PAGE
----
Please welcome my friend and author fantabulous, Alison Strobel!
Her new book is The Weight of Shadows. As always, Alison does a great job of dealing with difficult topics.
After a difficult childhood, Kim has built a successful life for herself
... but she'd leave it all if it meant being rid of the guilt she harbors over a tragic mistake she made years ago.
When she meets Rick, she finds everything she needs---including a way to pay for her sins every time he hits her. Kim and Rick's new neighbor, Joshua, knows more than Kim realizes about Rick, but Joshua has battles of his own to fight.
Soon to intersect Kim's and Rick's lives is Debbie, who has saved countless women from abuse through the shelter she runs, but Debbie might be as desperate for love as the women she serves.
Meanwhile, as Rick's wrath extends to their baby, Kim must decide if her penance is more important than protecting that innocent life---and if she should dare leave Rick when he has the power to bring her hidden crime to light.
Here's a bit about Alison in her own words.
I started writing as soon as I got the hang of spelling and what made up a sentence. I can remember slaving over word choice in first grade! (RH: Me, too!) I distinctly remember knowing there was a word out there that meant what I wanted to write, but my vocabulary was too small for me to figure it out. Writer angst started early. (RH: Me, too!)
I was forever writing stories as a kid. I'd start a novel every summer (except for the year the neighborhood kids all got together to do a newspaper--which lasted all of four issues) and write in the tree in the front yard, or on the porch, or in the backyard, typically using my dad's old portable manual typewriter. (Yes, I lugged a typewriter--and paper!--up a tree.) I never finished them, because this was before I thought to outline first. Although I did write an entire novel in seventh grade. It was about what you'd expect from a twelve-year-old--nauseating amounts of melodrama interspersed with my attempts at being deep. I don't know what ever happened to it, but I can only pray it is long, long gone. :)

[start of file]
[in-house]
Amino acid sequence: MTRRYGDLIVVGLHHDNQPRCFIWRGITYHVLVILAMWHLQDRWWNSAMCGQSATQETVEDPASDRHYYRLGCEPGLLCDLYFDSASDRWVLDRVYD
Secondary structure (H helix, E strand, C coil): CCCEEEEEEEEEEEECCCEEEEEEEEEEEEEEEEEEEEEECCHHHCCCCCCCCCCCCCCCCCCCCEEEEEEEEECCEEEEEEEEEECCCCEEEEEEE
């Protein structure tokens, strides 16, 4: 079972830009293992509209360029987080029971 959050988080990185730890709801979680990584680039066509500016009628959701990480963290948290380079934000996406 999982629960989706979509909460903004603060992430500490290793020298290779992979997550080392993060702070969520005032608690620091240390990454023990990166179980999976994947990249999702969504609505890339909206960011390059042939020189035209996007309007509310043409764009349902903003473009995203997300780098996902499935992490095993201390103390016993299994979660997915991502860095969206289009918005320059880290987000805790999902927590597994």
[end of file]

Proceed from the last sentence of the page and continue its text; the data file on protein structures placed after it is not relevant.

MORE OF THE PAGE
Besides singing in choir, creative writing was my "thing" up until college. All the research papers in college drained me of any desire to write, however, and it wasn't until a couple years after graduation that I attempted another story. This time I decided to try making an outline, and the result was Worlds Collide, which would eventually become my first published novel.
The basic plot of The Weight of Shadows floated around my head for a few years before I ever tried to write it. The idea began to form after a friend told me about a high school senior she knew who had been involved in a fatal car vs. bicycle wreck.
She was driving, and an off-duty police office was biking. I don't remember the details now, only that she was eventually found to be not at fault. But in the days leading up to that decision she was in limbo, wondering if she'd be charged with his death. But the most amazing part of the story is that, when she met the officer's widow, the woman pulled the girl into a hug and told her the family held no grudge and that they absolved her of any guilt she might be feeling.
When I heard that, my first thought was of the enormous relief that young woman must have felt. But then I started to wonder what would have happened if she'd had a reason to hold on to her guilt--say, because she knew that she really was responsible for the wreck.
How would that affect her self-image, her faith (she was a Christian), her future? That was the kernel from which the book eventually grew, after germinating in my imagination for about six years.
RH: Wow, so The Weight of Shadows deals with this! What an amazing book. Don't we all wonder about those close-calls we've encountered. Thanks for stopping by, Alison!